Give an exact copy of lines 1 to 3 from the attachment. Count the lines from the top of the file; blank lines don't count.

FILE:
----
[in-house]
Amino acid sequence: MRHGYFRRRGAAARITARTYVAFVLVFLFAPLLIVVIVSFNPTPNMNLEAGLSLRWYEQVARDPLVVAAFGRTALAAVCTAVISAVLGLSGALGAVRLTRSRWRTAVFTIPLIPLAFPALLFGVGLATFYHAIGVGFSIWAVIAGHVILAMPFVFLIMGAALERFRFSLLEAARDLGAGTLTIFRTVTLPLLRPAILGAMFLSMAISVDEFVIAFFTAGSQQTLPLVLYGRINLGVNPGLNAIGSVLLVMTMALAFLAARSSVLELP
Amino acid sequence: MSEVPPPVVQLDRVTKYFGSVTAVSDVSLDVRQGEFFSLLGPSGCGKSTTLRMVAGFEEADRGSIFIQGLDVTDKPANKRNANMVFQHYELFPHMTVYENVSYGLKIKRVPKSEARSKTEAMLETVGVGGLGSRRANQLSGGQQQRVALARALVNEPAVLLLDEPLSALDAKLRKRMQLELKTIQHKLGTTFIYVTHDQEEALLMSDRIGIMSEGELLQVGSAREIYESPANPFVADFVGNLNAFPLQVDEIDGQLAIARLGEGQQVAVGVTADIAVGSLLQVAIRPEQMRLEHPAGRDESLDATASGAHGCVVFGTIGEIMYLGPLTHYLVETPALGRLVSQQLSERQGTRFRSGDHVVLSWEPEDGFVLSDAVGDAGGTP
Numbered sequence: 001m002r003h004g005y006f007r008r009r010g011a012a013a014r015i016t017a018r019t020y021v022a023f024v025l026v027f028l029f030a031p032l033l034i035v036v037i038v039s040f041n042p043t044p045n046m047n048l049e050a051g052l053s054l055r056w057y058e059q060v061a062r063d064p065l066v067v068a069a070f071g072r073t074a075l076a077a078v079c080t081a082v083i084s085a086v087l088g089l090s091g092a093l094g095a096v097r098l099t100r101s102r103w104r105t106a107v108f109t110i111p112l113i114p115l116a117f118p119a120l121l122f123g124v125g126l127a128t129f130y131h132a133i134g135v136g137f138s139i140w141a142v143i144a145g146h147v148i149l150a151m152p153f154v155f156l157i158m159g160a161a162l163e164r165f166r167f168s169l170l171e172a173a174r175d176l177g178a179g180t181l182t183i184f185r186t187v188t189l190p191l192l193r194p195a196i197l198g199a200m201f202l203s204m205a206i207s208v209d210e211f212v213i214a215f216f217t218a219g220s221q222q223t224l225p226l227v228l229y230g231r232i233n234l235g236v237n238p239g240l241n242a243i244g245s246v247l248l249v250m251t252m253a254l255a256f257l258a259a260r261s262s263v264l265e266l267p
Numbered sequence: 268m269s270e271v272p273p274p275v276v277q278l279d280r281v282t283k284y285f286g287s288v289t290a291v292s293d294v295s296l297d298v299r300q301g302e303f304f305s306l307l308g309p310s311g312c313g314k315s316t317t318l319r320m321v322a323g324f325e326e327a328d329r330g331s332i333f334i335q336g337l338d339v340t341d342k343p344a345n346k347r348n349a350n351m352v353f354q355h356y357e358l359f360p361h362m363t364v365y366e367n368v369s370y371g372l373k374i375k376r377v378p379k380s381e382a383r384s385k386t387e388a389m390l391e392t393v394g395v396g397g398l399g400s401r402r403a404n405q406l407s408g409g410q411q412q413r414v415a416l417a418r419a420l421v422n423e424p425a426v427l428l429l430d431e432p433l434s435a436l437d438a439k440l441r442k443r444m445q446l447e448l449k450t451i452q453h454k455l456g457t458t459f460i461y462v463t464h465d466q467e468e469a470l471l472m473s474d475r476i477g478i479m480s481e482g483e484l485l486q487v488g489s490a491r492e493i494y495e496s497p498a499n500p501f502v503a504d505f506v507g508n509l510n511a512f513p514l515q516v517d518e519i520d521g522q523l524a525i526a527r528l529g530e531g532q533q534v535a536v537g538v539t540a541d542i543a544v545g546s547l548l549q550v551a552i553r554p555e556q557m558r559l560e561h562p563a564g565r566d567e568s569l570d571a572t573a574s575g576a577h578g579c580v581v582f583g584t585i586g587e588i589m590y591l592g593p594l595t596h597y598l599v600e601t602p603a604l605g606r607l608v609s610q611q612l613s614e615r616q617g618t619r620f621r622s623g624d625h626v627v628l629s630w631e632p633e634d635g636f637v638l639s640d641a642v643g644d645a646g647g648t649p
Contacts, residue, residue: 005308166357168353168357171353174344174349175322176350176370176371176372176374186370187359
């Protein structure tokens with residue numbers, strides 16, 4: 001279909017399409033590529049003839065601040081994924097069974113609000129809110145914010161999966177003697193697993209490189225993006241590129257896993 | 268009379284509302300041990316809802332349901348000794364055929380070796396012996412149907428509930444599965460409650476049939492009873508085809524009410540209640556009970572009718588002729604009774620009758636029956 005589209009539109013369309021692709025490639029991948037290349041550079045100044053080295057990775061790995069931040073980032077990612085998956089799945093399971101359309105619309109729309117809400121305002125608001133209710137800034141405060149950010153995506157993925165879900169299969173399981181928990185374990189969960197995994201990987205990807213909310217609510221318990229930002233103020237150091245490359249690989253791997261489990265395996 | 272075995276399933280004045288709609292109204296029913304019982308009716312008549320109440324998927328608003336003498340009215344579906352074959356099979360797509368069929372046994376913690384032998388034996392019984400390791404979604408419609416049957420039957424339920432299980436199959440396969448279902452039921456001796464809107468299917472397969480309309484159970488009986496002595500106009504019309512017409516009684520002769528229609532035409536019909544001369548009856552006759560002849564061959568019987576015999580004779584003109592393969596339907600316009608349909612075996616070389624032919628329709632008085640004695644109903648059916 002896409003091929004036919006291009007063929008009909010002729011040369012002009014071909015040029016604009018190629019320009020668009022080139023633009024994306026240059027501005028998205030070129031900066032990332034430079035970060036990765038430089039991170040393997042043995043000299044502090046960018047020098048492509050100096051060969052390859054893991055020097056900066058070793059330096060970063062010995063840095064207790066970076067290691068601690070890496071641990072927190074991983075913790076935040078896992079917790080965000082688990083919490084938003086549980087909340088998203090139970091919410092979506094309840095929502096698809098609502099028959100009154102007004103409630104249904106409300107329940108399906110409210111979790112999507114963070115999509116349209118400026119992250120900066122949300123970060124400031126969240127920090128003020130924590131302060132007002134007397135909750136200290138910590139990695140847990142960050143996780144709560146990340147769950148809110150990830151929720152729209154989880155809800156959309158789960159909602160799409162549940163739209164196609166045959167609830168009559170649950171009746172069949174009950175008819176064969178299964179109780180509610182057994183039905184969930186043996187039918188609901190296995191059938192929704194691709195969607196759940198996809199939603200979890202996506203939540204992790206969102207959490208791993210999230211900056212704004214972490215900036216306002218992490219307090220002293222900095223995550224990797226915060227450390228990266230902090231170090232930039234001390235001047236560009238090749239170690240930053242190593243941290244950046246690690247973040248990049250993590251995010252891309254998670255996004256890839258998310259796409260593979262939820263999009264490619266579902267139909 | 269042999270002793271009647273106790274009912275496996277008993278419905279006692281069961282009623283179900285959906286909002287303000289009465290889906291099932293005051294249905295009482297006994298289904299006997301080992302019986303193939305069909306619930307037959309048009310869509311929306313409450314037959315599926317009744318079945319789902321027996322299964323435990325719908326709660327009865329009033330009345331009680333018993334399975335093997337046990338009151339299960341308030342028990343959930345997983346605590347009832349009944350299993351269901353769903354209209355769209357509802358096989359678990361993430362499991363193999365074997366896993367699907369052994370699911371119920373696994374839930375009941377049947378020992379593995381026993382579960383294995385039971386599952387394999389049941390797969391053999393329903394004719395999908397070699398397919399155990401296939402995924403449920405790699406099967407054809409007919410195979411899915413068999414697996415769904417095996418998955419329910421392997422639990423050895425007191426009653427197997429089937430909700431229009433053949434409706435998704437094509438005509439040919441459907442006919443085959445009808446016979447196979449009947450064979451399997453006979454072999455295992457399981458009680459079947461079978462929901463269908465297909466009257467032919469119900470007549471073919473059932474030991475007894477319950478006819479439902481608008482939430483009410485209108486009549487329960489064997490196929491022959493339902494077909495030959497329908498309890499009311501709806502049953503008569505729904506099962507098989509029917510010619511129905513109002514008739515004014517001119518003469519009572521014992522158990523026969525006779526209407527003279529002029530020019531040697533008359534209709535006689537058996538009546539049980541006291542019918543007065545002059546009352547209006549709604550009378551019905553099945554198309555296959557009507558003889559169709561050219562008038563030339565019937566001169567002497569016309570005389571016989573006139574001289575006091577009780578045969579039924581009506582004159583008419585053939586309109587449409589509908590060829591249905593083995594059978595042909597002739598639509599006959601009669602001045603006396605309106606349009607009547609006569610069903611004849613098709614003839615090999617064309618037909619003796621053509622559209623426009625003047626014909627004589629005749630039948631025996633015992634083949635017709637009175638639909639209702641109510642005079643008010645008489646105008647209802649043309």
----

[in-house]
Amino acid sequence: MRHGYFRRRGAAARITARTYVAFVLVFLFAPLLIVVIVSFNPTPNMNLEAGLSLRWYEQVARDPLVVAAFGRTALAAVCTAVISAVLGLSGALGAVRLTRSRWRTAVFTIPLIPLAFPALLFGVGLATFYHAIGVGFSIWAVIAGHVILAMPFVFLIMGAALERFRFSLLEAARDLGAGTLTIFRTVTLPLLRPAILGAMFLSMAISVDEFVIAFFTAGSQQTLPLVLYGRINLGVNPGLNAIGSVLLVMTMALAFLAARSSVLELP
Amino acid sequence: MSEVPPPVVQLDRVTKYFGSVTAVSDVSLDVRQGEFFSLLGPSGCGKSTTLRMVAGFEEADRGSIFIQGLDVTDKPANKRNANMVFQHYELFPHMTVYENVSYGLKIKRVPKSEARSKTEAMLETVGVGGLGSRRANQLSGGQQQRVALARALVNEPAVLLLDEPLSALDAKLRKRMQLELKTIQHKLGTTFIYVTHDQEEALLMSDRIGIMSEGELLQVGSAREIYESPANPFVADFVGNLNAFPLQVDEIDGQLAIARLGEGQQVAVGVTADIAVGSLLQVAIRPEQMRLEHPAGRDESLDATASGAHGCVVFGTIGEIMYLGPLTHYLVETPALGRLVSQQLSERQGTRFRSGDHVVLSWEPEDGFVLSDAVGDAGGTP